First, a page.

Assistance in identifying potential partner scientists and institutions in developing countries can be requested from the U.S. Agency for International Development (USAID.) USAID supports collaborative plant biotechnology research programs involving many developing countries partners, universities and other research institutions in the U.S., and the International Agricultural Research Centers sponsored by the Consultative Group on International Agricultural Research (CGIAR.) Contacts in these and related organizations may be helpful in developing research collaboration relevant to crop improvement and other activities seeking solutions to agricultural, energy and environmental problems in developing countries. For information, please contact:

Dr. Larry Beach, Biotechnology Advisor, Office of Environment and Science Policy, USAID, telephone: 202-712-4049,

For some countries on the list, NSF program officers in the Office of International Science and Engineering (OISE) may have knowledge of researchers, institutions, or funding mechanisms that could be helpful to prospective PI's seeking to develop a research collaboration. For assistance, please contact:

Dr. Frances Li, Senior Staff Associate, Office of International Science and Engineering, NSF, telephone: (703) 292-8710, email:

Proposal submission: Supplemental requests can be submitted at any time. Please allow 4 to 6 months for review. Investigators submitting new or renewal proposals for the FY2006 PGRP ( and future target dates are encouraged to integrate this activity into the proposals.

Proposal preparation:
Preparation of a supplement proposal should follow the instructions given in this letter and the NSF Grant Proposal Guide (

New or renewal proposals being submitted to the PGRP competition and containing this activity should follow the guidelines described in the appropriate program solicitation at Applicants are encouraged to develop DCC-PGR activities that are integrated into the overall research theme of the proposed PGRP project.

The description of DCC-PGR project activities should include the following information:

  • Summary of the research problem Provide a succinct statement of the problem to be tackled and its relevance to agriculture, energy or the environment in the partner developing country or countries.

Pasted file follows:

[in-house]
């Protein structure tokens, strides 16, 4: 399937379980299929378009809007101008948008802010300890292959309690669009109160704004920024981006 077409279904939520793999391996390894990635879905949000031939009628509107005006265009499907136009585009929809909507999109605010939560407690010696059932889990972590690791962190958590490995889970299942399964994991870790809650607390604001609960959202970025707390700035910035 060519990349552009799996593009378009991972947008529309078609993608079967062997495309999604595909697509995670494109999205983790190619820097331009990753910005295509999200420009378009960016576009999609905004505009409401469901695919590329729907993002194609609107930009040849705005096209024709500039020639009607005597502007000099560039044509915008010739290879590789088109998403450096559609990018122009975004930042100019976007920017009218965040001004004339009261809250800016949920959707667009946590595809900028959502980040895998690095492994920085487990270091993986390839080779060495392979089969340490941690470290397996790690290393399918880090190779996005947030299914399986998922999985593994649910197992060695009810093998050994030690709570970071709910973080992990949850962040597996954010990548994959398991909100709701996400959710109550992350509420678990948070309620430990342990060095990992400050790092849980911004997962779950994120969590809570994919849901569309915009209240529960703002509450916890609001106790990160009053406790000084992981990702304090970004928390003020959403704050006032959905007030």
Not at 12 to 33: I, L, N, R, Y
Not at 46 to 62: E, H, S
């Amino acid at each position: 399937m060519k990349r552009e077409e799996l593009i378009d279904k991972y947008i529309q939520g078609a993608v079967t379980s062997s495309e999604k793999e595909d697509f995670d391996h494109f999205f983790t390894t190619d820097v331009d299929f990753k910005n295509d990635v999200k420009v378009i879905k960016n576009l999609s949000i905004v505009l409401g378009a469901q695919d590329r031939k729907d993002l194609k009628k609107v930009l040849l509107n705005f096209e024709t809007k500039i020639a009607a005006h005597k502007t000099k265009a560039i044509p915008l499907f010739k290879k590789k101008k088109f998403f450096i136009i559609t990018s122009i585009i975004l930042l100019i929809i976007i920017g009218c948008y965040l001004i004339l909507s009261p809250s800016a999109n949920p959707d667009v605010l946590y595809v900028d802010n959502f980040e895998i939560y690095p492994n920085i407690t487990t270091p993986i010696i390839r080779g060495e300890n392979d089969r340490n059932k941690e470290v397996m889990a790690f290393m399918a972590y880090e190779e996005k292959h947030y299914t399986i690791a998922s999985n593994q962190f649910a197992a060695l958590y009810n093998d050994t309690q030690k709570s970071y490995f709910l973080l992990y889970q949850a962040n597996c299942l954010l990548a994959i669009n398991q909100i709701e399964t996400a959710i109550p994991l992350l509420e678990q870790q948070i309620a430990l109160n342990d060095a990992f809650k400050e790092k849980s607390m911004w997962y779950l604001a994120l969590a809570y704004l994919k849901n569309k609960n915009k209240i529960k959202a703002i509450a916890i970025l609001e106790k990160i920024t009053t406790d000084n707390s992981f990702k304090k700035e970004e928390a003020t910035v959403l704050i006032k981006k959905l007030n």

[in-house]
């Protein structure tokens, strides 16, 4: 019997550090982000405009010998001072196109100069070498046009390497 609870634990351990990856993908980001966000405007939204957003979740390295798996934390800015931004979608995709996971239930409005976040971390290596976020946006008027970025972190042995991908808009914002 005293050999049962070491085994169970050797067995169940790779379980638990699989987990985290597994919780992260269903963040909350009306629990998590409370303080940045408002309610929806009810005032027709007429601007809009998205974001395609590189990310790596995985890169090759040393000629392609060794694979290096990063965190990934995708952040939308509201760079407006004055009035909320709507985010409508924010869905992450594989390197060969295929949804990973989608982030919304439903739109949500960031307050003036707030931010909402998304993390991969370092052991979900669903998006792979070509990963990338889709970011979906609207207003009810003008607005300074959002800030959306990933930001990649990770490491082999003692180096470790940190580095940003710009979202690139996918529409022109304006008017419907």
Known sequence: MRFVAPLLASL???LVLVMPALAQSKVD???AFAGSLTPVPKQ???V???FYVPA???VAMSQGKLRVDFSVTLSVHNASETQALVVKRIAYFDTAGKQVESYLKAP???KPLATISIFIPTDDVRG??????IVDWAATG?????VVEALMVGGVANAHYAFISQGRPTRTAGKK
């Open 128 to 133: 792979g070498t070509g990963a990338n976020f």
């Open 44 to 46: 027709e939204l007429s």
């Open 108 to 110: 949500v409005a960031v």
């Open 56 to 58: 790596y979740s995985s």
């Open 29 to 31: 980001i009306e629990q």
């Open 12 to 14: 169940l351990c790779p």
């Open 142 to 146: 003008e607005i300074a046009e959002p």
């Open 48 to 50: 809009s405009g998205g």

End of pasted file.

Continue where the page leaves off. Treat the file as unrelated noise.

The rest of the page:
• Relevance and justification Provide a justification of the need for the proposed research from the perspectives of the developing country or countries and its relevance to the goals of the PGRP.
  • Research plan Summarize the major goals of the work, the scientific and technical approaches to be used, and the expected outcomes. If applicable, the plan should include a detailed description of bioinformatics necessary for the project execution and dissemination of the results.
  • Nature of research collaboration Describe collaborative arrangements including the roles for the developing country scientists. If applicable, provide information on the history of collaborative efforts between the proposed partners.
  • Qualifications of the research partners Provide the CVs of all the US and developing country researchers named in the proposal.
  • Endorsement from the partner institution Provide a letter of endorsement signed by a senior personnel from the home institution of the developing country partner.
  • Impact statement Summarize the potential impacts of the research outcomes on agriculture, energy or the environment in the partner developing country or countries.
  • Responsibilities of principal investigators PIs are responsible for obtaining any required visas for foreign travel and, through the U.S. host research institution or laboratories, for providing documentation in support of U.S. visas for foreign counterpart investigators. Information about obtaining visas for foreign visitors to the U.S. can be found at the following url: PIs are also responsible for obtaining research permits and import/export documents, where necessary.

The award decision for supplement requests will be based on internal review by the Program Directors and availability of funds. Larger request may require external review.


James P. Collins
Assistant Director


Presence of a USAID mission (all caps)